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Braley: Impeachment Talk OK for Cheney, Not Obama

5:39 PM, Jul 9, 2014 • By MICHAEL WARREN
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When is it okay for a politician to discuss impeaching a president? Iowa Republican Senate candidate Joni Ernst is receiving criticism for her responses to questions about impeaching President Obama. Ernst, who won her party's nomination last month, never actually said she supported impeachment. But amid recent calls from some conservatives that "it's time to impeach" the president the Iowa Republican is receiving some tougher scrutiny over her past statements on impeachment. But what's not being said is that her Democratic opponent once voted to continue debating impeachment proceedings against a Republican vice president.

Bruce Braley

Yahoo! News first reported on a video from a January candidate forum showing Ernst being asked about Obama's executive overreach. In the forum, which featured other Republican candidates, Ernst stopped short of outright endorsing impeachment and removal of office, but did say Obama had "become a dictator" over his recess appointments and "should face the consequences." Ernst went on to say that elected members of Congress ought to push harder against such executive violations, and her campaign later "clarified" that she had been answering a hypothetical. And in a radio interview last month, she said that House speaker John Boehner should move forward on impeachment proceedings if he "thinks he has a case." Ernst added that she wasn't "encouraging or discouraging it." (Boehner, for his part, told reporters today he wasn't interested in pursuing impeachment.)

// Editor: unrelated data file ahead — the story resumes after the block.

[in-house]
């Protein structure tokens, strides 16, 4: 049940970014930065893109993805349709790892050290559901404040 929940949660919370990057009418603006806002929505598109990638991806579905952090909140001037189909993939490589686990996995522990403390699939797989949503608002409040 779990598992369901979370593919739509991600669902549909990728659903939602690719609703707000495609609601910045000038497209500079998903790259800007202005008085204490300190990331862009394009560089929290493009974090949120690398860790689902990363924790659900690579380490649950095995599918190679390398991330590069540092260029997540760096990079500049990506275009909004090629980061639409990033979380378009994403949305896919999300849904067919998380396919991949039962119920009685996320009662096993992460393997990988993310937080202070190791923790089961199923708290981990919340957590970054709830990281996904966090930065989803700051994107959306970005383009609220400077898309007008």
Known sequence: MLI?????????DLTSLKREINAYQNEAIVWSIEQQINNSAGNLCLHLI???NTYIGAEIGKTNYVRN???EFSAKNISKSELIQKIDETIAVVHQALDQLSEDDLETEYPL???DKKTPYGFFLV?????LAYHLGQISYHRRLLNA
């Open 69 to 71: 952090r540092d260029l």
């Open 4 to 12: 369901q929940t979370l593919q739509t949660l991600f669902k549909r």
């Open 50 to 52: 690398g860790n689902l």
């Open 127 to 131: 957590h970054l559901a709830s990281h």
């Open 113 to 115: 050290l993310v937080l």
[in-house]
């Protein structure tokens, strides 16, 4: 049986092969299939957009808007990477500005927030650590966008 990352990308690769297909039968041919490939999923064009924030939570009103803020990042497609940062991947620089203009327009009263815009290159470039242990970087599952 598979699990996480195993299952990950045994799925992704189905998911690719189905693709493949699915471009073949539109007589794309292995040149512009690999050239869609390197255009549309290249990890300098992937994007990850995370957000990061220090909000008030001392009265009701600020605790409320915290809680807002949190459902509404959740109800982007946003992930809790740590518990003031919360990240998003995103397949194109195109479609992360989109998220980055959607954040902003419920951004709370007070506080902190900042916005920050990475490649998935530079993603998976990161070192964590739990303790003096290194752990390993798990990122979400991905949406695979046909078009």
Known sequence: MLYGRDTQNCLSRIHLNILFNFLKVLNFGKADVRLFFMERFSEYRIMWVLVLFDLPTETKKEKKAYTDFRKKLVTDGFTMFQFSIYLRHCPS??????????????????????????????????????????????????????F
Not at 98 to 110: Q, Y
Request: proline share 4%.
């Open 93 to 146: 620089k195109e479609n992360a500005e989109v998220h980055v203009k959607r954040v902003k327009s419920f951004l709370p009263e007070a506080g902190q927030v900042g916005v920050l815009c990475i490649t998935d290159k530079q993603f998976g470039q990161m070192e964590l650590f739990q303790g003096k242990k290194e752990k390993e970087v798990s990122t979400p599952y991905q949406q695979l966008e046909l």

Democrats and the campaign of her opponent, Bruce Braley, have pounced. Here's Justin Barasky of the Democratic Congressional Campaign Committee:

And here's Braley's communications director, Jeff Giertz:

Fair hits at Ernst, perhaps. But what happens to the politics of impeachment when the parties are reversed?

In 2007, Democratic congressman Dennis Kucinich of Ohio tried to put forward a resolution to bring articles of impeachment against Republican vice president Dick Cheney for "high crimes and misdemeanors." As they often did in the final years of the Bush administration, the Democratic House leadership attempted to quash impeachment efforts by holding a vote to effectively kill Kucinich's bill. The motion to kill the bill failed, made possible by several Republicans, who hoped to force Democrats to continue debating potentially politically damaging impeachment proceedings, and 86 liberal Democrats.

Among those 86 Democrats who voted against killing the articles of impeachment? First-term Iowa congressman Bruce Braley.

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